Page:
Do you feel as though your pharmacy bill seems to be getting larger by the day? If so, it probably is. The last four years have seen a major hike in prescription drug prices compared to other medical services and products. The Government Accountability Office, a non partisan group, submitted a study to Congress which requested they take a careful look at the data. In 2009 nearly $78 billion was spent on prescription drugs by the federal government. That is about 31 percent of the US total of $250 billion.
The study found that prescription drug prices grew at the rate of 6.6% annually from the year 2006 until 2010. However, the medical consumer price index is much less than the growth rate of prescription drug prices, which only saw an annual increase of 3.8%.
The GAO report shows a similar pattern of drug price hikes from previous years. In 2007 a growth was seen in commonly used prescription drug brands and from January 2000 to 2007 prescription drug prices had grown approximately 6% per year.
Thankfully not all prescription drugs fell into the price hike category. The latest study conducted by the GAO on 45 generic drugs and 55 frequently used brand drugs showed that the prices of generic drugs fell at the rate of 2.6% annually, although the rate of brand drugs grew at the rate of 8.3%. There seems to be a gap existing between the generic drug prices and brand drugs, which goes to show that patients are opting to purchase generic versions. The increase in sales of generic drugs means that the active ingredient prices paid only increased by 2.6% annually, instead of the previous increase of 6.6%.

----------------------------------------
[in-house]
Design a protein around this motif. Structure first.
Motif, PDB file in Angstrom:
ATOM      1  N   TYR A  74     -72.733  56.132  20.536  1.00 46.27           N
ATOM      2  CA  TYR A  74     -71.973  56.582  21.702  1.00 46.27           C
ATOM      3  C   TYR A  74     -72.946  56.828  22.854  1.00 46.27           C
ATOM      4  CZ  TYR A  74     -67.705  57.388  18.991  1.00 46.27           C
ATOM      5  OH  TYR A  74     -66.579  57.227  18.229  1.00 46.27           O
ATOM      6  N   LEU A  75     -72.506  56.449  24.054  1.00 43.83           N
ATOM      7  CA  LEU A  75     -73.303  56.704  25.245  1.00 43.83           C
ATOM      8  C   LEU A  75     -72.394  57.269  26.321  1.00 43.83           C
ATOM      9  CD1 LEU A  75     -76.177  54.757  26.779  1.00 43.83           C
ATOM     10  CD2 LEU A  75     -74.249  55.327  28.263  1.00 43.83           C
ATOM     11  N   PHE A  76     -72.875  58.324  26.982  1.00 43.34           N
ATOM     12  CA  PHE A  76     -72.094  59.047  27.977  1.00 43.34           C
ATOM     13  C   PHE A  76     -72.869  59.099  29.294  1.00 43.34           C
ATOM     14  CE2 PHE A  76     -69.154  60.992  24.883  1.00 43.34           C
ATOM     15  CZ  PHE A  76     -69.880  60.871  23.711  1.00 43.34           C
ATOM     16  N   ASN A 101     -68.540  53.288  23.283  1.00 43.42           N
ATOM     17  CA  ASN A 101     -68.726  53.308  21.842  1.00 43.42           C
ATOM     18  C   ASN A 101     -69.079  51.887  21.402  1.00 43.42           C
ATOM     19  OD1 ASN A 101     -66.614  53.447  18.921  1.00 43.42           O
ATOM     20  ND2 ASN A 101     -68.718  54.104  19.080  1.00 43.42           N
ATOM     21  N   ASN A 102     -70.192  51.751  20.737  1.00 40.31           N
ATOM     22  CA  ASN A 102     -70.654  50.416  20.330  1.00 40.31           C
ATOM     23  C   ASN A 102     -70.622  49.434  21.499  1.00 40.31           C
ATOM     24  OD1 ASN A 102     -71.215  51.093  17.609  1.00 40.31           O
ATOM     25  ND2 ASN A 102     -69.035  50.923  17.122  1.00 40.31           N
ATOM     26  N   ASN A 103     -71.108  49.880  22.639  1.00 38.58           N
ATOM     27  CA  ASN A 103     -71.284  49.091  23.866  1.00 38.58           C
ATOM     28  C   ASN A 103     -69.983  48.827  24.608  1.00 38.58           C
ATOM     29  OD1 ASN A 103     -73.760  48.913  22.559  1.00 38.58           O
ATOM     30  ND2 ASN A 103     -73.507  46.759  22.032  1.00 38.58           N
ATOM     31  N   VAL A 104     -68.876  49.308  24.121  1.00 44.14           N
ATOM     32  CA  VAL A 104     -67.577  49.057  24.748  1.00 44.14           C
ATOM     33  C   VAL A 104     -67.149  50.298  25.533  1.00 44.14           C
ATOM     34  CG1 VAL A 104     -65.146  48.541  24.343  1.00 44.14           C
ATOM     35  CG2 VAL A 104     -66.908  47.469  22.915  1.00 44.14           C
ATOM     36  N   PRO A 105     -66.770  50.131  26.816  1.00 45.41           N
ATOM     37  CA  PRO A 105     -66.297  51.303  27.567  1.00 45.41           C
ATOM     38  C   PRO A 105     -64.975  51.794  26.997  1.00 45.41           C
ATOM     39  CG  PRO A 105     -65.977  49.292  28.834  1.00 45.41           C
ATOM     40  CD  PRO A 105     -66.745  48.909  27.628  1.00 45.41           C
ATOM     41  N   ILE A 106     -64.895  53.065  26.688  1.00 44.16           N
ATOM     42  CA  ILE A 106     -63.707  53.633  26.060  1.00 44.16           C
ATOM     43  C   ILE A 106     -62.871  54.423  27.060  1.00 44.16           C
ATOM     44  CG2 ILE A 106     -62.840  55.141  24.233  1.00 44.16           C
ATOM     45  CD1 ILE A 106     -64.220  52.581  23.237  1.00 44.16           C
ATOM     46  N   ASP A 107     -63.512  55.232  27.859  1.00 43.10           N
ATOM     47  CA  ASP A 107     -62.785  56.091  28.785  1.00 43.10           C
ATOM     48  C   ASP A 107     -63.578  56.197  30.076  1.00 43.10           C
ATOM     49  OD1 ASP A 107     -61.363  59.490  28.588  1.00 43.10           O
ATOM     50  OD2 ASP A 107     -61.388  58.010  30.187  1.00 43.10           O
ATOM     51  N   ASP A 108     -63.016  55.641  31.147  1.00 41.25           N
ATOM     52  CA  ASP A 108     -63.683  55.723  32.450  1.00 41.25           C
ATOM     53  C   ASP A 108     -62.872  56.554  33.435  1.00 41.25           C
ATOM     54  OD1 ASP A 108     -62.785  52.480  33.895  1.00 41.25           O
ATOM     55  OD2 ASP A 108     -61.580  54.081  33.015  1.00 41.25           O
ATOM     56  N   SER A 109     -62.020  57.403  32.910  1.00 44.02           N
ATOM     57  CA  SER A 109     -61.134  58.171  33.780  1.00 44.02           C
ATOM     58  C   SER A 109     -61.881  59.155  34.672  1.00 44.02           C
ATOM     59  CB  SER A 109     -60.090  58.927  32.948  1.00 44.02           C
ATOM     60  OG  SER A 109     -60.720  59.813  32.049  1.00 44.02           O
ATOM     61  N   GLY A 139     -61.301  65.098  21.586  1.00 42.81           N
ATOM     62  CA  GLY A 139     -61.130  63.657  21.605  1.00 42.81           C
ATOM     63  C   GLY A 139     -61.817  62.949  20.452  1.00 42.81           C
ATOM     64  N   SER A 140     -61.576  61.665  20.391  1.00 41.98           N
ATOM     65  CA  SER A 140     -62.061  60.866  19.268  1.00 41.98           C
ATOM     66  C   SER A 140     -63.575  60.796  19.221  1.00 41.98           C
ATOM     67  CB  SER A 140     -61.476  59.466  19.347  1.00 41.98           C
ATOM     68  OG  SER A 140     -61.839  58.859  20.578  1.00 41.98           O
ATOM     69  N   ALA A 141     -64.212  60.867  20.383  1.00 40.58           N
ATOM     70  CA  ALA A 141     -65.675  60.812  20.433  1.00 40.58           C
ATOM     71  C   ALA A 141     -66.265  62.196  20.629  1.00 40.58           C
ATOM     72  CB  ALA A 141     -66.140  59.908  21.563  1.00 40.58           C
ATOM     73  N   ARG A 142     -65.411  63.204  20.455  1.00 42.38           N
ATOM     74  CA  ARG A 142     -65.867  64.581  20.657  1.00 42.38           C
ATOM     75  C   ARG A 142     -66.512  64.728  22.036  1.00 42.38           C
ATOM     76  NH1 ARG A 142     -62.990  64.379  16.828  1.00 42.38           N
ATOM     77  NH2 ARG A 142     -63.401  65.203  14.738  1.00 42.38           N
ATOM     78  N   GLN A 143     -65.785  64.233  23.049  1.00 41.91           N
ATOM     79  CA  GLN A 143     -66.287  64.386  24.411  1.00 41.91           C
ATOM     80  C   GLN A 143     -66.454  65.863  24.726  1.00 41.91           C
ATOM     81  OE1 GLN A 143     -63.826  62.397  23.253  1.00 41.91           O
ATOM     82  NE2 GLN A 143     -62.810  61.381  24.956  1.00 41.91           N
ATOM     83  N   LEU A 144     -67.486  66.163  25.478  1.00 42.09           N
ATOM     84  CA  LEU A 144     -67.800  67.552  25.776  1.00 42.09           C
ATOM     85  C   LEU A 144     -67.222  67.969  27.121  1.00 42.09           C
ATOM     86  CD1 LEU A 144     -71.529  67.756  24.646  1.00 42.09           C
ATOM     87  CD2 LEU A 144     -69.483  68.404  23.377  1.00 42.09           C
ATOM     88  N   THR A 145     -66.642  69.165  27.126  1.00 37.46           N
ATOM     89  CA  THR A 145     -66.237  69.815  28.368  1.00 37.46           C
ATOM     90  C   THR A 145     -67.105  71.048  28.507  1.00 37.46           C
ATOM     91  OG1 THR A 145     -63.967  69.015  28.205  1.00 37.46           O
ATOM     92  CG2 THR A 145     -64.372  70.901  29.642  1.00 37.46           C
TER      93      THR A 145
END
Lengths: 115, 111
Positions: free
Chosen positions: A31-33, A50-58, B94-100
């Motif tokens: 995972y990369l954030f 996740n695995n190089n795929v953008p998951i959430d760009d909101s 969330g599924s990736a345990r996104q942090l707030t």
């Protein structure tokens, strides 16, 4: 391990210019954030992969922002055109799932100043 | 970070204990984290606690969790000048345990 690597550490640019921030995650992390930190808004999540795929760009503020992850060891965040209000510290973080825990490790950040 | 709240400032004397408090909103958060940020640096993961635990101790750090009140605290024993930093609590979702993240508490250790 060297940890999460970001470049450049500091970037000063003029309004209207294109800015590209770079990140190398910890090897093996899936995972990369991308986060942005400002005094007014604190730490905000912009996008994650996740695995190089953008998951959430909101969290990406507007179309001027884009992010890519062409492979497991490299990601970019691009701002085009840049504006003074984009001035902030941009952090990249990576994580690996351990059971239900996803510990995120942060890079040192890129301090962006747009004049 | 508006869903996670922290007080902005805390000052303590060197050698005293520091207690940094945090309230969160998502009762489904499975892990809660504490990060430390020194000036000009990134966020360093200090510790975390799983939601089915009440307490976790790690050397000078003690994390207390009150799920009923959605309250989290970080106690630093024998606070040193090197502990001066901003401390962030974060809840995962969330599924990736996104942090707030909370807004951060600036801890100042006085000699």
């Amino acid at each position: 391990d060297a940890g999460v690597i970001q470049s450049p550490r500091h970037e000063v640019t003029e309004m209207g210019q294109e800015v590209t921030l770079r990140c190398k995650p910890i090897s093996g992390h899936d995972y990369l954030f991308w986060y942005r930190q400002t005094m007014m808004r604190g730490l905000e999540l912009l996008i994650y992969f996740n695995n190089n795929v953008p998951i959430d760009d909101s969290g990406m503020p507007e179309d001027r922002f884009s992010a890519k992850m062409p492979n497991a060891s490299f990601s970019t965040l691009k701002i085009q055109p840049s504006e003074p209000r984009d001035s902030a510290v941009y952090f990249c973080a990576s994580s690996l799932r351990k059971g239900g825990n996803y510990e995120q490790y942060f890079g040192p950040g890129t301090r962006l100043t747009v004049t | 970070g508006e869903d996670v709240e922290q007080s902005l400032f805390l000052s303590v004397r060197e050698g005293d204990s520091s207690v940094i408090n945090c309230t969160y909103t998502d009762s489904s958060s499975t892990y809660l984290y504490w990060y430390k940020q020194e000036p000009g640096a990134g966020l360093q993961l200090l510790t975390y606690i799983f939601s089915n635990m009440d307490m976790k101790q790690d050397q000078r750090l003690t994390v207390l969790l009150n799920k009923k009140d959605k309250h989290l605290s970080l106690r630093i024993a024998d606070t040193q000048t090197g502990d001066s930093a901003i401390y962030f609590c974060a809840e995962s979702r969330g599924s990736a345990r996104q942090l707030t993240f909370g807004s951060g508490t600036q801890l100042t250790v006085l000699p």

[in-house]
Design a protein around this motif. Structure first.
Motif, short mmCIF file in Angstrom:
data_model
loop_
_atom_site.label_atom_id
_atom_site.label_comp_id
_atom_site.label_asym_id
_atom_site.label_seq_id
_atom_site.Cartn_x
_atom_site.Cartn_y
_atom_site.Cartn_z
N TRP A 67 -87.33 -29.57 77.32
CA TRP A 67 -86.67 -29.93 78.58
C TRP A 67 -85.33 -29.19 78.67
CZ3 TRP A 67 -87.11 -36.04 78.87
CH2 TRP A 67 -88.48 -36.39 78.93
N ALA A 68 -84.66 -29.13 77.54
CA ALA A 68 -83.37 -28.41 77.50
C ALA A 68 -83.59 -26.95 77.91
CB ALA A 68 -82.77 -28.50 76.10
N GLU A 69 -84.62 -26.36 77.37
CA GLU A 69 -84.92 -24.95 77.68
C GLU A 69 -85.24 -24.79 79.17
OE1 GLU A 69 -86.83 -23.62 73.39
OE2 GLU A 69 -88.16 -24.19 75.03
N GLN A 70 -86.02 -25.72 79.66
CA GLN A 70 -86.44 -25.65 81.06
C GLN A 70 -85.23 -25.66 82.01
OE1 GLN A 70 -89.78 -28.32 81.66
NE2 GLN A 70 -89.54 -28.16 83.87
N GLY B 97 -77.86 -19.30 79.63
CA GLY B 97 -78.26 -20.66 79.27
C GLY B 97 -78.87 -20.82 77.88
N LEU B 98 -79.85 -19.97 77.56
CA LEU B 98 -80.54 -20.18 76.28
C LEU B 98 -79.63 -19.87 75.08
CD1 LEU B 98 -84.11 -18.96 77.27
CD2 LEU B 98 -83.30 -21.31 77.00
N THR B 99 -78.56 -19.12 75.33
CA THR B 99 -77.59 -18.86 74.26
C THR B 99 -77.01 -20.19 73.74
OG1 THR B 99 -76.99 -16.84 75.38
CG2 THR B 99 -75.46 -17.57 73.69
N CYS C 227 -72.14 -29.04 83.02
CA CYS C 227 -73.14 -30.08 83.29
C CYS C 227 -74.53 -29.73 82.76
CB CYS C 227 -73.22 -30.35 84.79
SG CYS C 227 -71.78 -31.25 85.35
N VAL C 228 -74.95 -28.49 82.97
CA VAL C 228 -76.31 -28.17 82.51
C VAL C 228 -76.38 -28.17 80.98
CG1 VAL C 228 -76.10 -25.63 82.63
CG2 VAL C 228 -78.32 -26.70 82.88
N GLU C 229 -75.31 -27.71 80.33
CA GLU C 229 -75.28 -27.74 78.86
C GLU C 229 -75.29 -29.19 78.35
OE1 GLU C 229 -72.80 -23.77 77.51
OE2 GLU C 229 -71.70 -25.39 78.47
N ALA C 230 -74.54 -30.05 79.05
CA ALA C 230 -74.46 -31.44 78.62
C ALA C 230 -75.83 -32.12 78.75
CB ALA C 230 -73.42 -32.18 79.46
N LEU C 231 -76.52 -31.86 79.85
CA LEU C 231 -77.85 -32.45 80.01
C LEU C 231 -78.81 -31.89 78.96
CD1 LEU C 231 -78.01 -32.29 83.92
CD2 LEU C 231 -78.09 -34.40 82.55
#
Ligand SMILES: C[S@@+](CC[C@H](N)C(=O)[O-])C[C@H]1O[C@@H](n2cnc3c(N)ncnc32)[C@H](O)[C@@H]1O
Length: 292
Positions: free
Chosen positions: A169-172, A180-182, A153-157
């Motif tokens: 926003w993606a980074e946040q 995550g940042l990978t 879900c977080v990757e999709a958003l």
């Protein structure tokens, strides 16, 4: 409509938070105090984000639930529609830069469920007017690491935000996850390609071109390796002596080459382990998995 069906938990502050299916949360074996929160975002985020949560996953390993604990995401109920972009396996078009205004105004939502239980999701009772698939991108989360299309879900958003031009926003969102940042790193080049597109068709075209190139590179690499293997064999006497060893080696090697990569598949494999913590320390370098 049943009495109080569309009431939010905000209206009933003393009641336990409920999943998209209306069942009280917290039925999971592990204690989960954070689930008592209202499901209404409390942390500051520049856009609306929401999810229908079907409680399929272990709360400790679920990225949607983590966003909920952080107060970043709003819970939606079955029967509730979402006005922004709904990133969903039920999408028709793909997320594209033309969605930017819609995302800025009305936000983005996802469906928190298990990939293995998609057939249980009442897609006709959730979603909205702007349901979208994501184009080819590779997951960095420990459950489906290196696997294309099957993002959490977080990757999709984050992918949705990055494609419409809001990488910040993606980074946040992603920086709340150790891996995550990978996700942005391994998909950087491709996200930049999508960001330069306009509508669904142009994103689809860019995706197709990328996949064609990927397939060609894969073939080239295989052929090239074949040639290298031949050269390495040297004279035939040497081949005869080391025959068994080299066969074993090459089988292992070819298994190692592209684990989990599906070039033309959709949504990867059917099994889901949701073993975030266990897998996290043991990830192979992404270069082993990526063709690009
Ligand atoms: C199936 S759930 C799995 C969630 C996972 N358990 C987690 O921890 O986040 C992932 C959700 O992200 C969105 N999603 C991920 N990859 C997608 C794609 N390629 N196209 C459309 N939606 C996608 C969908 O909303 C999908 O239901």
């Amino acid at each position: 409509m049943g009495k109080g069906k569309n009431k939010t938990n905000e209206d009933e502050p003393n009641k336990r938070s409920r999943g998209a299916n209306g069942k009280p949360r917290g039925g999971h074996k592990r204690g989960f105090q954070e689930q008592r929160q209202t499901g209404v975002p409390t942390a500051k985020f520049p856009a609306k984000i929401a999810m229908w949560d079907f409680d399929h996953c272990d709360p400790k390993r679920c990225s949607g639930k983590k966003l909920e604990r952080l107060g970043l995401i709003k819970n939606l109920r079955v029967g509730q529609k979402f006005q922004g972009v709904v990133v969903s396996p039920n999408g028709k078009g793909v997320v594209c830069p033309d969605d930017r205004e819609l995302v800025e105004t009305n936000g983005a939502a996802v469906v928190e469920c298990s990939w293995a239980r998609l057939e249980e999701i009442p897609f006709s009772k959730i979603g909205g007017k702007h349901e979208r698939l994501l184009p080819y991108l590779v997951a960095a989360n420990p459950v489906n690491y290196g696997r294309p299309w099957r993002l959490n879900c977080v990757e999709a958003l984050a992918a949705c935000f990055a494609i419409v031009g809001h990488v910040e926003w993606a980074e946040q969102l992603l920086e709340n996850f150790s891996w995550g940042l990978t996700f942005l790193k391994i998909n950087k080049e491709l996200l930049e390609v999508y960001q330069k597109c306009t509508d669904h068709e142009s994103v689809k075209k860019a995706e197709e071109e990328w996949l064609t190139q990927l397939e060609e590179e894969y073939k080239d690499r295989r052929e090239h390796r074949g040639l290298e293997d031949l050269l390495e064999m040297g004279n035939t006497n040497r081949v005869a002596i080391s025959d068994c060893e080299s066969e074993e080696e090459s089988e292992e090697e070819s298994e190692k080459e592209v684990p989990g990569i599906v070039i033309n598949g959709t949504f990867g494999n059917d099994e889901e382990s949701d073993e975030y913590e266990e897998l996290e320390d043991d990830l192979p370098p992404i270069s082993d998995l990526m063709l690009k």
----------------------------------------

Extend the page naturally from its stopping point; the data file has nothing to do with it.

So which drugs have experienced a big price hike? Boehringer Ingelheim drug, Flomax (enlarged prostate), saw the biggest price hike in the last four years at a rate of 17.6%. Sanofi-Aventis’s Ambien used for insomnia came in second place with a price hike of 15.2%. Merck’s Clarinex, the allergy pill, came third on the list with a price hike of 12.5%.
The Affordable Care Act and Prescription Drug Price Hikes
Is there a connection between the Affordable Care Act and prescription drug price hikes? Well, it seems to be the case when reviewing data in the study conducted by the GAO. The study reveals allegations that drug prices were jacked up in March 2010 before the Patient Protection and Affordable Care Act was passed. The GAO study found that drug prices grew at the rate of 5.9% during the discussion of the Act, between 2009 and 2010. This rate, however, is lower than the price hikes seen in previous years, though still higher than 2006.
There is no control act on general drug prices in the health care law passed in 2010. Beginning 2011, seniors are given a 50% discount on brand drugs when they reach the ‘donut hole’ in Medicare. This donut hole can become a major gap sometimes costing seniors as much as thousands of dollars in drug prescription expenses. It is hoped that this gap will close by the year 2020.